Popovers are a staple of the iPad's interface, and I was skeptical when I saw the first details of PanelKit in February. After testing Pixure on my 12.9" iPad Pro, though, I think D'hauwe is onto something – when the app is in full-screen, it's nice to be able to re-arrange a palette of tools so it doesn't hide your content. The best part, in my opinion, is that panels can be converted back to sidebars by snapping them to the edge of the display, which is a fantastic use of the iPad Pro's large screen. There's an argument to be made about PanelKit bringing the cognitive load of desktop window management to the iPad, but I believe that, for some apps (such as graphic editors like Pixure), floating controls that you can re-arrange around the canvas are necessary.
I'm testing a few iPad apps that try to optimize for the iPad Pro's screen with additional popovers and sidebars, and none of them feel as flexible or as intuitive as D'hauwe's app. If you're an iPad user, you should check out Pixure.
John Gruber on what may be coming next in terms of iPad refreshes:
What doesn’t make sense to me is a new 10.5-inch model. The idea makes sense — keeping the physical footprint of the current 9.7-inch models but reducing the bezels and putting in a bigger display. The ideal form factor for iPads and iPhones is just a screen, like the phones in Rian Johnson’s Looper — reducing the size of bezels and moving toward edge-to-edge displays is inevitable. Even the pixel density math works out for a 10.5-inch display.
What doesn’t make sense to me is the timing. I don’t see how an iPad with an exciting new design could debut alongside updated versions of the existing 9.7-inch and 12.9-inch iPads. Who would buy the updated 9.7-inch iPad Pro with the traditional bezels if there’s a 10.5-inch model without bezels? No one.
If Apple is going to position both the second-gen 12.9" and 9.7" iPad Pros as the high-end models, I don't see where a simultaneous release of a drastically different 10.5" iPad Pro would fit. But if the second-gen iPad Pros (with the current form factors) move to the low end of the lineup, that means the 10.5" iPad Pro could introduce an edge-to-edge design with no Home button before the iPhone gets such treatment (supposedly) later this year.
That idea always seemed odd to me. Traditionally, the iPad doesn't get major hardware changes before the iPhone. The iPad hardware tends to follow the iPhone. True Tone and the four-speaker system were iPad Pro-first features, but they weren't fundamental platform changes such as Touch ID or Retina. Both of those came to the iPhone first. (I won't even count the Smart Connector here.) An edge-to-edge design with no Home button is a major platform shift – particularly if it includes new developer APIs, which would have to launch in the Spring before iOS 11 if the rumor of an imminent iPad Pro 10.5" is to be believed. At this point, I find that somewhat hard to believe.
Instead, I think spec-bumps across the entire iPad lineup would make more sense in the short term. I can see Apple bringing consistency to the product line (True Tone, USB 3 speeds, and fast charging for every iPad Pro model) and adding faster CPUs/more RAM for powerful iPad-only features coming with iOS 11. I'm curious to see if Apple will revive the iPad mini by making a 7.9" iPad Pro and if iPad accessories will receive substantial improvements at all (it'd be nice to get an upgraded Smart Cover or a Pencil with superior battery life).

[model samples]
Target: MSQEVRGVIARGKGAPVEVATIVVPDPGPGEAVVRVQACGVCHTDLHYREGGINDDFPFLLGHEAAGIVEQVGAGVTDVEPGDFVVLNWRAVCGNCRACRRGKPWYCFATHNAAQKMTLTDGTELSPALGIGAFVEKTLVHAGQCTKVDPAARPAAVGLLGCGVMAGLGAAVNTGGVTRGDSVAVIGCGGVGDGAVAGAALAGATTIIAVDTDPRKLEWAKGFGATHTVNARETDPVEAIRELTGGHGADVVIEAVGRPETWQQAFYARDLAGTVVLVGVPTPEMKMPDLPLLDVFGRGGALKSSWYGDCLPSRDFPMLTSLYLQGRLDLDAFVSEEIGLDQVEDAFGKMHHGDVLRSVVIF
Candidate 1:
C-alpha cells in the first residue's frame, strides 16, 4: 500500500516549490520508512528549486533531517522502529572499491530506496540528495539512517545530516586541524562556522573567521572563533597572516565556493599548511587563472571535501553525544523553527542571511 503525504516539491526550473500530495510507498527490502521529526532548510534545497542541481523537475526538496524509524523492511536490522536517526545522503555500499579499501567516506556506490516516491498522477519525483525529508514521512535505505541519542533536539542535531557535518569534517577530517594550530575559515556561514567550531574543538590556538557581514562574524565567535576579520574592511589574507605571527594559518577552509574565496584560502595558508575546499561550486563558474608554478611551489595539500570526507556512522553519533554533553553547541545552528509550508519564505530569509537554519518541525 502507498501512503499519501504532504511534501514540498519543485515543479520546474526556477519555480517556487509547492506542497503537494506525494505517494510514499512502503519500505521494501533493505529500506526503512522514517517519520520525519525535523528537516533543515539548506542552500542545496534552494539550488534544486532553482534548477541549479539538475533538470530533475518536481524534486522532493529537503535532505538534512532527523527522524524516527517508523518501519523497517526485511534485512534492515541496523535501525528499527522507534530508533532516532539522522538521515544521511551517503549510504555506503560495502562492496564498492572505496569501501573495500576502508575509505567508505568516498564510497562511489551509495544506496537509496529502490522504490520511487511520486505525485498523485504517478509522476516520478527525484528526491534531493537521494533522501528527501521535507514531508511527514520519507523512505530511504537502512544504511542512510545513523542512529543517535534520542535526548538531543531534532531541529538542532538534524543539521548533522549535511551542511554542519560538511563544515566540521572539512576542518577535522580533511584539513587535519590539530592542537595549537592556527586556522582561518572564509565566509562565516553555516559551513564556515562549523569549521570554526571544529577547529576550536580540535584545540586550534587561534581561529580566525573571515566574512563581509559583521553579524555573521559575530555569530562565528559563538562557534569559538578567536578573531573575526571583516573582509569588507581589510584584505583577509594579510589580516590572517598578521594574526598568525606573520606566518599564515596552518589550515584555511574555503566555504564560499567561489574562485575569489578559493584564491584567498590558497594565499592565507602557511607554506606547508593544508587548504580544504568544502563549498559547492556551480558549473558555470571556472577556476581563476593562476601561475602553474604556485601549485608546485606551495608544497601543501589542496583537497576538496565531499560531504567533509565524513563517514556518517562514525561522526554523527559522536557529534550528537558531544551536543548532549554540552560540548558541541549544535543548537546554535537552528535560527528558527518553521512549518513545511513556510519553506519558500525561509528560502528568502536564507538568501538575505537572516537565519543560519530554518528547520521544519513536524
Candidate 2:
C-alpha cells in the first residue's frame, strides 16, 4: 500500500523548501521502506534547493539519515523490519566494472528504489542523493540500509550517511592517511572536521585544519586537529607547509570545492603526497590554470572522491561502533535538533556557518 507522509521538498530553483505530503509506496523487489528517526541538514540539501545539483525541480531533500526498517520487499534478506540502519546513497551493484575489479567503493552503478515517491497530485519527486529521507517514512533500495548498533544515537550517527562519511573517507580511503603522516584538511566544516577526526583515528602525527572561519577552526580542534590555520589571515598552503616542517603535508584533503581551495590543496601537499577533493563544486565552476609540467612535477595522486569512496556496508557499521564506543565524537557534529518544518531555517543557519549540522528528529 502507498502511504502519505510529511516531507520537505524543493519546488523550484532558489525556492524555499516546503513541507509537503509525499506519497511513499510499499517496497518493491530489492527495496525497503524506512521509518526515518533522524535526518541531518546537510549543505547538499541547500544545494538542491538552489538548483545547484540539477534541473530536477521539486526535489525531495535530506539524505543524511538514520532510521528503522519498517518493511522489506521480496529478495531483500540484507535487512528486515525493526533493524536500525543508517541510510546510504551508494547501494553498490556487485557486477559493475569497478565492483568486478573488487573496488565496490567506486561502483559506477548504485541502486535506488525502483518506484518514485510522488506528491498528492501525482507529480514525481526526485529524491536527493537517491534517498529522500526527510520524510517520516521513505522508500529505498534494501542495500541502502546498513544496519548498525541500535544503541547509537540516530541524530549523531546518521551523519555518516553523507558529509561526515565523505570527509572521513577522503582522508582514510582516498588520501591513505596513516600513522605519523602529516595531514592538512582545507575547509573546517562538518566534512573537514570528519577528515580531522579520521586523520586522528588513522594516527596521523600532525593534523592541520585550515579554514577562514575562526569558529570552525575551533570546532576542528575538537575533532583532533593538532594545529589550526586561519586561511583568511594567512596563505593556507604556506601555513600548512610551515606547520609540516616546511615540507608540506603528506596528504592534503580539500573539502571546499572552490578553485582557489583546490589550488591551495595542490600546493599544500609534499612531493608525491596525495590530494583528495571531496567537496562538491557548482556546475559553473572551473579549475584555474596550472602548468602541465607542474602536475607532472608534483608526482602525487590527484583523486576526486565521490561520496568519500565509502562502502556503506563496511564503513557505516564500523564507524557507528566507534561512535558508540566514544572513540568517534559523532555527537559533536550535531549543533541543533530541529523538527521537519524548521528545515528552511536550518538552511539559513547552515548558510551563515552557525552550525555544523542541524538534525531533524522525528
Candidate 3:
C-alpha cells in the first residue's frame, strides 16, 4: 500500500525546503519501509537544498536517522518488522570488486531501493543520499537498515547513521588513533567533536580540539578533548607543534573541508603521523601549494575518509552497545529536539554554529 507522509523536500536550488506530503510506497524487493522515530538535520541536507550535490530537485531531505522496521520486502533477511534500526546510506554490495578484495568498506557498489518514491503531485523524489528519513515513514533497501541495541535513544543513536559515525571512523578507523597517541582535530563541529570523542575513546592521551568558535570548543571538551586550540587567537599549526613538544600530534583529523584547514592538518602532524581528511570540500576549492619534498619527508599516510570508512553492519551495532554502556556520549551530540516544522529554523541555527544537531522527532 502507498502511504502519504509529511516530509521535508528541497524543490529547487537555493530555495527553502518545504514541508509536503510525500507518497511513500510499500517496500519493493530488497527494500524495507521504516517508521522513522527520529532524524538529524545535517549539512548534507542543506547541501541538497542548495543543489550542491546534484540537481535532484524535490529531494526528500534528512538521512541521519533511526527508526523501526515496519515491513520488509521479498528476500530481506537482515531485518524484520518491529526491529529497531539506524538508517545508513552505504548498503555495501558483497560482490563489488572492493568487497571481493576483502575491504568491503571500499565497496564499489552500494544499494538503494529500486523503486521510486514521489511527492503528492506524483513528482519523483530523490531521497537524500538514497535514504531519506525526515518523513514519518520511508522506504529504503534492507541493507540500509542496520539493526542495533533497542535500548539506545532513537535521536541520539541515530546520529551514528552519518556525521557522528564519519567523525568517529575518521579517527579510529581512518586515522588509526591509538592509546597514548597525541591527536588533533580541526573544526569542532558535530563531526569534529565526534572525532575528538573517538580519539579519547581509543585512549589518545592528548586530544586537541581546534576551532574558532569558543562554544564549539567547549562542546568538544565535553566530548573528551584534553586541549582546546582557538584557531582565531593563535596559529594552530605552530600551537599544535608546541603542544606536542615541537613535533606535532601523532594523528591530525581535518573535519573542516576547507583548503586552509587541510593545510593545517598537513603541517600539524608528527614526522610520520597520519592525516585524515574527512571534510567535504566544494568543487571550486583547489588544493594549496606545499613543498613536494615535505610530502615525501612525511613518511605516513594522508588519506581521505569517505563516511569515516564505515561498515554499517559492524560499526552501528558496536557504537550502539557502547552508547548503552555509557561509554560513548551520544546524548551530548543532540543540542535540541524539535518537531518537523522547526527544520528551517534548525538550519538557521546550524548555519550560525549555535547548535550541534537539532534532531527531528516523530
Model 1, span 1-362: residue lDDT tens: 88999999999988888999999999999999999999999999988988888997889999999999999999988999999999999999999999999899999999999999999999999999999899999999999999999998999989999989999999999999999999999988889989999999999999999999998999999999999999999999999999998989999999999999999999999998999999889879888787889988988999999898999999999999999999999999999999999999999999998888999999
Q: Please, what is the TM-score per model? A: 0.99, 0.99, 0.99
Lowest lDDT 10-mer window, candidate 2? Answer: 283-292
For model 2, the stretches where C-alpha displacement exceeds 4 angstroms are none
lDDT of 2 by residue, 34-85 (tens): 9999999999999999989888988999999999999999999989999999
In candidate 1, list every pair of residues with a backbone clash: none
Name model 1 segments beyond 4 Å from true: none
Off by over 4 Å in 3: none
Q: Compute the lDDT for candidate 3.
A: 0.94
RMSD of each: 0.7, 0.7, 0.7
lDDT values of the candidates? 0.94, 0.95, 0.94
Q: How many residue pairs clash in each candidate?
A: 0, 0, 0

iPad Diaries is a regular series about using the iPad as a primary computer. You can find more installments here and subscribe to the dedicated RSS feed.
Ever since I first got the 12.9-inch iPad Pro, I've wanted to use the Apple Pencil more. However, every time I tried to fit the Pencil into my workflow, I stumbled upon the realization that, no matter the excellence of the tool at hand, I'm no artist.
I spend most of my time typing with a keyboard (either a Bluetooth one or the iPad's software one) and, while it's fun to pretend I know what I'm doing in Linea or Paper, the sad reality is that I'm downright terrible at sketching or drawing. Moreover, unlike others, my background doesn't involve a passionate appreciation of pen and paper. Therefore, I'm attracted by the Pencil's concept and technology, but I don't need it for my main line of work; plus, handwriting stopped being a daily habit after I graduated high school in 2007.
I was inspired by a story Ryan wrote, though, to reconsider if my work routine could still benefit from a different note-taking perspective. Testing fresh approaches and new ideas has always been the underlying theme of my switch to the iPad, after all. So when Ryan shared his thoughts on using the Pencil for non-artistic purposes, I took it as an opportunity to try out the Pencil as a complement to my writing needs rather than a futile diversion.
As I wrote in my story on one year of iPad Pro, I consider cloud services a necessity for managing files on iOS. Dropbox and iCloud Drive make it possible to keep the same sets of documents and app libraries synced across devices, but, more importantly, they help overcome iOS' file management woes through centralized storage spaces. In the article, I espoused the flexibility of Documents and its tight integration with Dropbox, noting how Readdle had built the missing iPad file manager with features Apple omitted from their iCloud Drive app.
Since early January, I've been thinking about my larger writing projects scheduled for 2017 and whether Documents can scale as a reference and research tool. Looking back at 2016 and the time I poured into organizing and referencing files for my iOS 10 review draft in Scrivener (which I covered here), I realized that neither Scrivener's built-in file manager nor Documents could meet the basic requirements I have set for this year's review. These include the ability to search different file types with advanced operators as well as a system to reference individual files and folders throughout iOS with local URLs. It was during this meta-research phase that I decided to try DEVONthink To Go again.